Colorado House Speaker Julie McCluskie, Sen. Dylan Roberts tout 2023 legislative accomplishments

The two lawmakers introduced a total of 32 bills this legislative session targeting housing, water, education and more

Robert Tann/Summit Daily News
Sen. Dylan Roberts and Rep. Julie McCluskie tout legislative accomplishments during a May 31, 2023 town hall in Frisco.
Robert Tann/Summit Daily News

Following the end of the 2023 Colorado legislative session, Summit County’s two state representatives, House Speaker Julie McCluskie and Sen. Dylan Roberts, took a victory lap after passing a slew of bills targeting housing, water, education and more. 

Speaking to a crowd in Frisco on Wednesday, May 31, the lawmakers touted a combined 32 bills they introduced and passed this session — along with dozens they helped sponsor.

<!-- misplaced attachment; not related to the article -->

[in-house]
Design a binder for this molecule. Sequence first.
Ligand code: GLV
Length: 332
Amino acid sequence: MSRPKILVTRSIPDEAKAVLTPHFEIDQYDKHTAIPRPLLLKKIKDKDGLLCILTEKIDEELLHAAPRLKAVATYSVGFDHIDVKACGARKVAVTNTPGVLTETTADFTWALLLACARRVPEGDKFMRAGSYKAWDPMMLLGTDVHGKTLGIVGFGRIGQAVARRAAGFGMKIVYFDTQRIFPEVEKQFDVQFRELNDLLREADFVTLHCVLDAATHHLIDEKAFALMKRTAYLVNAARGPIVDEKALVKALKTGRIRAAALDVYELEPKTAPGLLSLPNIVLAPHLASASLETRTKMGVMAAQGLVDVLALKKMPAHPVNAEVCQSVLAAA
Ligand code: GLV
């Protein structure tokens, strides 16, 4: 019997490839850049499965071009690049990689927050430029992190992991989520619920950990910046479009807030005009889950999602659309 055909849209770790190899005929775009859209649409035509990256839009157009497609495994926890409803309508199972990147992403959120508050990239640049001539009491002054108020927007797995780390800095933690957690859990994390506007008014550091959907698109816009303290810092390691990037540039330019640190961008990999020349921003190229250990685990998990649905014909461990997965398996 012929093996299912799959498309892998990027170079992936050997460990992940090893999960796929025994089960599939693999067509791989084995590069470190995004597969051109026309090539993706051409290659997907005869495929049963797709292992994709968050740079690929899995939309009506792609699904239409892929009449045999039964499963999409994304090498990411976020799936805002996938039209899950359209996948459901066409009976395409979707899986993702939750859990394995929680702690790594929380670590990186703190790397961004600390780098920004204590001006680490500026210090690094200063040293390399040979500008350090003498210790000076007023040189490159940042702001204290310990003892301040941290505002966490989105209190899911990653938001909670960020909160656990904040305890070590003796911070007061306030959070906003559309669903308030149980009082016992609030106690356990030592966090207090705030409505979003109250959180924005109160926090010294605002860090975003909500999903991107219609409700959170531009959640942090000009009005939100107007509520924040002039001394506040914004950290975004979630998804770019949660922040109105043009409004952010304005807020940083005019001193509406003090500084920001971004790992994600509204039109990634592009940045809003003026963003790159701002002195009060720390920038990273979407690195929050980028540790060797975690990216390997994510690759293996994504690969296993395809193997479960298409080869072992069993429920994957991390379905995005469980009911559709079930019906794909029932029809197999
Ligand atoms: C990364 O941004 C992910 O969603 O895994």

“We saw a lot of bills around housing, which continues to be such a priority for all of us in this state,” said McCluskie, a Democrat and Dillon resident.

“This is an issue that’s personally important to me,” said Roberts, an Avon Democrat. “Every community is facing challenges with workforce and affordable housing, particularly here in our mountain and resort communities.” 

Roberts said his inaugural Senate bill, the first to be introduced in the chamber this session, took a unique approach to help combat those challenges. It allows and incentivizes public-private partnerships to develop affordable housing on unused, state-owned land. 

The legislation is already being put to work in Eagle County, where $2 million in funding has been set aside to support development on a parcel of state-owned land in Dowd Junction